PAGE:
Today is Equal Pay Day, which is not as positive and triumphant as it sounds. Today is the day in the year that, according to our charity partner the Fawcett Society and based on recent data, women stop earning relative to men.
In the April of this year, the government brought in new legislation that forced companies with over 250 employees to report gender pay gaps within their businesses. They found that on average eight in 10 UK firms paid men more than women.
The most recent woman to draw attention to the gender pay gap and demand equal pay for equal work was Samira Ahmed, who after her BBC pay tribunal stated: “I love my job on Newswatch despite it being difficult and challenging. On the back of my BBC ID card are written the BBC values which include ‘we respect each other and celebrate our diversity’ and ‘we take pride in delivering quality and value for money’.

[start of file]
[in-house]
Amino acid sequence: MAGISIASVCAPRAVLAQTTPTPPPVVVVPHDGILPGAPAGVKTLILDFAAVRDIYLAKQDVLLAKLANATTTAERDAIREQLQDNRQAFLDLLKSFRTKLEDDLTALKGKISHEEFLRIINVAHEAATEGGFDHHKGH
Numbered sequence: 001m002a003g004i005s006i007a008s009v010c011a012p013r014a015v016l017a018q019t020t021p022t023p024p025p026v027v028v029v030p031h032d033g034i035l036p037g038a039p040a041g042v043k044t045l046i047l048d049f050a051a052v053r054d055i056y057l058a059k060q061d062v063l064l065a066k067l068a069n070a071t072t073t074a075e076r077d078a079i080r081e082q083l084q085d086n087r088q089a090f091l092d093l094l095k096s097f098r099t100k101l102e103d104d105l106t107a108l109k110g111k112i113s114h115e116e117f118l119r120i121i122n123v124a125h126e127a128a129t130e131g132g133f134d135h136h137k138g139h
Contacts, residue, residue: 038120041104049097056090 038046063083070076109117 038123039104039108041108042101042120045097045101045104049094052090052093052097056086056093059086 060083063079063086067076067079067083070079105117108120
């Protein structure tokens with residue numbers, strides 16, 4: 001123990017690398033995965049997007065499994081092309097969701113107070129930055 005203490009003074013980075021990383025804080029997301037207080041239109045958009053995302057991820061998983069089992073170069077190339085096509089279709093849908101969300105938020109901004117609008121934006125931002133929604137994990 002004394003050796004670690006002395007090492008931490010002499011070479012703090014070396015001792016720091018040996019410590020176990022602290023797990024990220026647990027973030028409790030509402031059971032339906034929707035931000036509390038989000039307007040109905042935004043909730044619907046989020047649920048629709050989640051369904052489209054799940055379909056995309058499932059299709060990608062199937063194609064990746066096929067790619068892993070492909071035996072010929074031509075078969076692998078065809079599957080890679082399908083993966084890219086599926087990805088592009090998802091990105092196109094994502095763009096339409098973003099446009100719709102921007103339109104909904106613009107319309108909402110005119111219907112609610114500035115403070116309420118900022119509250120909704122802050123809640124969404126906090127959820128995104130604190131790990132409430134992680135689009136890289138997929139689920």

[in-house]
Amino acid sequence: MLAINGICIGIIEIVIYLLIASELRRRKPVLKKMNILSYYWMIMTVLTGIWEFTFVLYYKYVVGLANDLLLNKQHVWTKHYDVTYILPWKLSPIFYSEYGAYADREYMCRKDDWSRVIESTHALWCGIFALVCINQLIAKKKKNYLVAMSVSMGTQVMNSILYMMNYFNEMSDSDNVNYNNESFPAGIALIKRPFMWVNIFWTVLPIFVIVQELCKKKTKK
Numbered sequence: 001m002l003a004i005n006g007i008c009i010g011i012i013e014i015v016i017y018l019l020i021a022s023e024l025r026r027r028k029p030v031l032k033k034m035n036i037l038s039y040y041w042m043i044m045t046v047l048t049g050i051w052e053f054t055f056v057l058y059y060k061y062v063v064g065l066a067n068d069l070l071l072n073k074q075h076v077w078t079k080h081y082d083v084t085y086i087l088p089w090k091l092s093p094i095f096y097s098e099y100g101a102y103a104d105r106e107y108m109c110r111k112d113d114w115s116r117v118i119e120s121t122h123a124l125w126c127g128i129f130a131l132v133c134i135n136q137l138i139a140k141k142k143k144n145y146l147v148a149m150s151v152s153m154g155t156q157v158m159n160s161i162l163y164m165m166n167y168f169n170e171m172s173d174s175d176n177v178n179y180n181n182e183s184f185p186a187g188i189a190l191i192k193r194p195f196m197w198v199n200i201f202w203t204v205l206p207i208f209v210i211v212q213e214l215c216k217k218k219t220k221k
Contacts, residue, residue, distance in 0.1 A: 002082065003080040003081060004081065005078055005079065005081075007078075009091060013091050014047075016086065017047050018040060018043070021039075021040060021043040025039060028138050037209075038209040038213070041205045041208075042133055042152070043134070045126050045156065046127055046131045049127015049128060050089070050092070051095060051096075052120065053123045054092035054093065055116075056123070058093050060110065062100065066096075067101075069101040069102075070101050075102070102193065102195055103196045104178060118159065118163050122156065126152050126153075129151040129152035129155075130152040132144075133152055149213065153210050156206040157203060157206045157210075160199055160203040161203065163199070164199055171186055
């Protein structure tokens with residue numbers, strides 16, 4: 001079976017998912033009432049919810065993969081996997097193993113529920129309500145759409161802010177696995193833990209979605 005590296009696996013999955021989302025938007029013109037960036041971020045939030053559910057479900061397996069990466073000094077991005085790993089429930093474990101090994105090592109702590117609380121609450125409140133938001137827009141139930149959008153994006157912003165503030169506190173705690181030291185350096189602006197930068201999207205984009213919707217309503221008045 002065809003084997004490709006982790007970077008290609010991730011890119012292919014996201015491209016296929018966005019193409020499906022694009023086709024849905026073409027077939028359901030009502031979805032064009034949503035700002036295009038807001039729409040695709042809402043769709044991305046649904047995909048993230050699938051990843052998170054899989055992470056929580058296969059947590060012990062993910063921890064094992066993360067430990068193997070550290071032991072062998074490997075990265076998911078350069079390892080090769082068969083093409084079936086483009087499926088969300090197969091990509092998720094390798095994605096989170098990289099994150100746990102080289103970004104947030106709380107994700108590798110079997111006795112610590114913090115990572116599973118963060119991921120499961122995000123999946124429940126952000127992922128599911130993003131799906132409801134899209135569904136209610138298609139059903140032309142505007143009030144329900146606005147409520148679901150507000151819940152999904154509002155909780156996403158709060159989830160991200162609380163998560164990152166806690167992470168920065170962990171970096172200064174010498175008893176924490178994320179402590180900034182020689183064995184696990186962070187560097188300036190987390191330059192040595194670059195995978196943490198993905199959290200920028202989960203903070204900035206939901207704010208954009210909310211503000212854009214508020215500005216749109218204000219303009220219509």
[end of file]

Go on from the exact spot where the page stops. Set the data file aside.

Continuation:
“I just ask why the BBC thinks I am worth only a sixth of the value of the work of a man for doing a very similar job.”
The Fawcett Society Chief Executive Sam Smethers said: “Progress to close the gender pay gap is dismally slow and at this rate it will take 60 years to eradicate it. As we approach the 50th anniversary of the Equal Pay Act women have waited long enough.
The gender pay gap is even wider when part-time workers are included – widening to 16.2% for the mean gap. The Fawcett Society is calling for ‘Equal pay for equal work’ which is referring to the legal right for a woman to be paid the same as a man for the same work, or work of the same value.
Today the Fawcett Society are urging us all to sign their #RighttoKnow petition with chef Kay Collins, who found she was being paid a massive £6000 less than her male co-worker! It is your right to know if you are being paid less than a co-worker for the same work. You can sign the petition here!